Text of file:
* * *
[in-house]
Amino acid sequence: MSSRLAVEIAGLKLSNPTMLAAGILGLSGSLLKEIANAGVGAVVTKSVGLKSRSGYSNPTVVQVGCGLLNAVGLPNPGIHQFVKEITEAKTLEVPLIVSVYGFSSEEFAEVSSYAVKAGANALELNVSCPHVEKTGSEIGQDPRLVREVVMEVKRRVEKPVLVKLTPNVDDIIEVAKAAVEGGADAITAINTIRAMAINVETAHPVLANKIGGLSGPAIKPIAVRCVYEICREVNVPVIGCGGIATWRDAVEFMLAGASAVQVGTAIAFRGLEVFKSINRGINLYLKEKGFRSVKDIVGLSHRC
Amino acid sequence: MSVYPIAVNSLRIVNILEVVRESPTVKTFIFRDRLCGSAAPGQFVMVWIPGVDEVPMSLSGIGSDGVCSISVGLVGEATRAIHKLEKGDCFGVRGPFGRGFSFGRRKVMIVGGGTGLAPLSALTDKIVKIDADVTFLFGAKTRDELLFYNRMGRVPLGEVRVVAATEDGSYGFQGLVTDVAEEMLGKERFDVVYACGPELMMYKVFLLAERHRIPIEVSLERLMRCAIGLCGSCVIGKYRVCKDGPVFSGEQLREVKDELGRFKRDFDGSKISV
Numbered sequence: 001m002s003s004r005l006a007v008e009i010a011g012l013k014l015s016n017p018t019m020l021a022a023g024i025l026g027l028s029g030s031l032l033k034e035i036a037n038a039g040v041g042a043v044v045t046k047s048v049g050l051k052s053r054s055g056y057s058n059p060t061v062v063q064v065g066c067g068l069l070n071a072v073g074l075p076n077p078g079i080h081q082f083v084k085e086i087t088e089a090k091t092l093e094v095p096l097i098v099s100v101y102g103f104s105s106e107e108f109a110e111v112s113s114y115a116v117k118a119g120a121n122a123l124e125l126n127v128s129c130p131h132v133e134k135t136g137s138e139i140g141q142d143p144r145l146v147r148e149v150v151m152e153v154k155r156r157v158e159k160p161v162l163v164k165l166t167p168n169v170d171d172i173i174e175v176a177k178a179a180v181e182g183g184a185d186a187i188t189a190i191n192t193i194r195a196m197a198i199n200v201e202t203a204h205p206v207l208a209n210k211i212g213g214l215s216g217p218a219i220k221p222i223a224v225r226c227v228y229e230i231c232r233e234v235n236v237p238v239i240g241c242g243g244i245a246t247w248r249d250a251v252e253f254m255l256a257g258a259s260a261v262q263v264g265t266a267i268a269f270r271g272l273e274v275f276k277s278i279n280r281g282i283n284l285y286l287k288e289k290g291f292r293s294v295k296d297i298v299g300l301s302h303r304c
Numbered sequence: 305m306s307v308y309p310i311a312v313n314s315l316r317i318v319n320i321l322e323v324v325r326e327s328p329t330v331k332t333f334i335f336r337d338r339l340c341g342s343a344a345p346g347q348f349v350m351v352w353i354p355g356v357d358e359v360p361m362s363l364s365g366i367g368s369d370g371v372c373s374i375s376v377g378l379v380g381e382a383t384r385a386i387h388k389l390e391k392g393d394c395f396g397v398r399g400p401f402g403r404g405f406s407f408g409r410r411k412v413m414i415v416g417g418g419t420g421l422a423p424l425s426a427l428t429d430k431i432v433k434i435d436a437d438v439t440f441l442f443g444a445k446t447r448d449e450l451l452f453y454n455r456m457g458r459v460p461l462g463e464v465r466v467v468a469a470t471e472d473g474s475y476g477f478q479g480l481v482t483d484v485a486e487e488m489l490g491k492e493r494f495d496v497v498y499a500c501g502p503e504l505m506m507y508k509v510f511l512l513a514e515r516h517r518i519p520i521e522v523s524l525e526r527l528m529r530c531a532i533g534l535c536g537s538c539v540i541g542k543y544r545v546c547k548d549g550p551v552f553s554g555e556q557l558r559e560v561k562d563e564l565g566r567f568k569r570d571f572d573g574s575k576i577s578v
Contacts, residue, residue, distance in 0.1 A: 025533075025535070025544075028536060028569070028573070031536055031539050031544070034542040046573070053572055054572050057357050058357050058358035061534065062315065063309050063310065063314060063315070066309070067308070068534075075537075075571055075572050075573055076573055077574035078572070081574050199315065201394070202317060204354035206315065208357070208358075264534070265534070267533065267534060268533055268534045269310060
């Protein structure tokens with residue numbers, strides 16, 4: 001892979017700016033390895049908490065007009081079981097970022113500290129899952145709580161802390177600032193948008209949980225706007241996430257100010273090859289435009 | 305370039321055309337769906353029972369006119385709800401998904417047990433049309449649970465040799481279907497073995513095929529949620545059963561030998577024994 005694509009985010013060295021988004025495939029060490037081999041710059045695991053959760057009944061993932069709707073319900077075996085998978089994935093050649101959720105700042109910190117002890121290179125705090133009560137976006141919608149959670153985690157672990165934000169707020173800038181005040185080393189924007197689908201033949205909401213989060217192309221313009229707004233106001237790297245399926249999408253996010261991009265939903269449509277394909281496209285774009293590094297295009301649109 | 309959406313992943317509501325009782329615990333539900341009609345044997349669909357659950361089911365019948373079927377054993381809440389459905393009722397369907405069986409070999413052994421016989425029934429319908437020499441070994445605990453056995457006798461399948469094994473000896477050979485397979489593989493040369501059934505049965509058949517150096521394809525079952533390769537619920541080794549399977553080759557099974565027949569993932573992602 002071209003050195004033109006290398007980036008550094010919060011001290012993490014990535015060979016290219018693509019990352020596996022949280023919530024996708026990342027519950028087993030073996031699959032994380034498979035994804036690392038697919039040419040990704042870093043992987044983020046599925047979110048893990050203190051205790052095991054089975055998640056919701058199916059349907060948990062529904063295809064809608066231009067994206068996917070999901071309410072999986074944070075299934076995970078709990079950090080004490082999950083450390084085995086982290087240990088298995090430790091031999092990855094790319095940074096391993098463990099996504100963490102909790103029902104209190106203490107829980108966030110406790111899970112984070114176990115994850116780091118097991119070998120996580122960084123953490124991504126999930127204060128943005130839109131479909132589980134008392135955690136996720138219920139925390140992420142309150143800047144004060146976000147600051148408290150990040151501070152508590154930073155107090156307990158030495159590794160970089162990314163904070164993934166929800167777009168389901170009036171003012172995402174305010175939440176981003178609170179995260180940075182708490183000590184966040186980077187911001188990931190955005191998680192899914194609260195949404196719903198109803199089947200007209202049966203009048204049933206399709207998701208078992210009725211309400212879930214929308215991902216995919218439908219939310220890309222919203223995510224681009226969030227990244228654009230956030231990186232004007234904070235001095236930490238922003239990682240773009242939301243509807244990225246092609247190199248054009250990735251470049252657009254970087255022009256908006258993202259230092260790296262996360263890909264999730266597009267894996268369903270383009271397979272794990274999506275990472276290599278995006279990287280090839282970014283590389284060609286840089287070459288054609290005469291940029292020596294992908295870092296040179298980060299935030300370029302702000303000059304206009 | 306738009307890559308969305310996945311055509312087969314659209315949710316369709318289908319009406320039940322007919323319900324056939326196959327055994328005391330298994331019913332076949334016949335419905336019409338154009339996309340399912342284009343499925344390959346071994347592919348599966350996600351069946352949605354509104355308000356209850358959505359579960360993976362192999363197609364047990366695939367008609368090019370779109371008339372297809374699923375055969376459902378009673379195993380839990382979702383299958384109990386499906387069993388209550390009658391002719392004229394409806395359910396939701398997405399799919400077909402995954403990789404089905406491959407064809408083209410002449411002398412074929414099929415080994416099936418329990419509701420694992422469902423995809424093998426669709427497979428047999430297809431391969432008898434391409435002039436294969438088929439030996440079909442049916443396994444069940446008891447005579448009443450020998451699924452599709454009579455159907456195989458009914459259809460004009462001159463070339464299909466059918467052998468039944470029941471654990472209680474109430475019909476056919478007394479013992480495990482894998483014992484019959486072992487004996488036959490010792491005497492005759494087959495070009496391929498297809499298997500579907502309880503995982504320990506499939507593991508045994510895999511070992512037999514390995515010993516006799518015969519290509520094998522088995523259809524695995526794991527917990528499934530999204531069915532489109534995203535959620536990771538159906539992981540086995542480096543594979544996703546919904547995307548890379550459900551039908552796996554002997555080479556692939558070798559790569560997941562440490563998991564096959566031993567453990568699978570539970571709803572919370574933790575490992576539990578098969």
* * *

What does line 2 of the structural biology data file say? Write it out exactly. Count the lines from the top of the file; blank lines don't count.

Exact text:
Amino acid sequence: MSSRLAVEIAGLKLSNPTMLAAGILGLSGSLLKEIANAGVGAVVTKSVGLKSRSGYSNPTVVQVGCGLLNAVGLPNPGIHQFVKEITEAKTLEVPLIVSVYGFSSEEFAEVSSYAVKAGANALELNVSCPHVEKTGSEIGQDPRLVREVVMEVKRRVEKPVLVKLTPNVDDIIEVAKAAVEGGADAITAINTIRAMAINVETAHPVLANKIGGLSGPAIKPIAVRCVYEICREVNVPVIGCGGIATWRDAVEFMLAGASAVQVGTAIAFRGLEVFKSINRGINLYLKEKGFRSVKDIVGLSHRC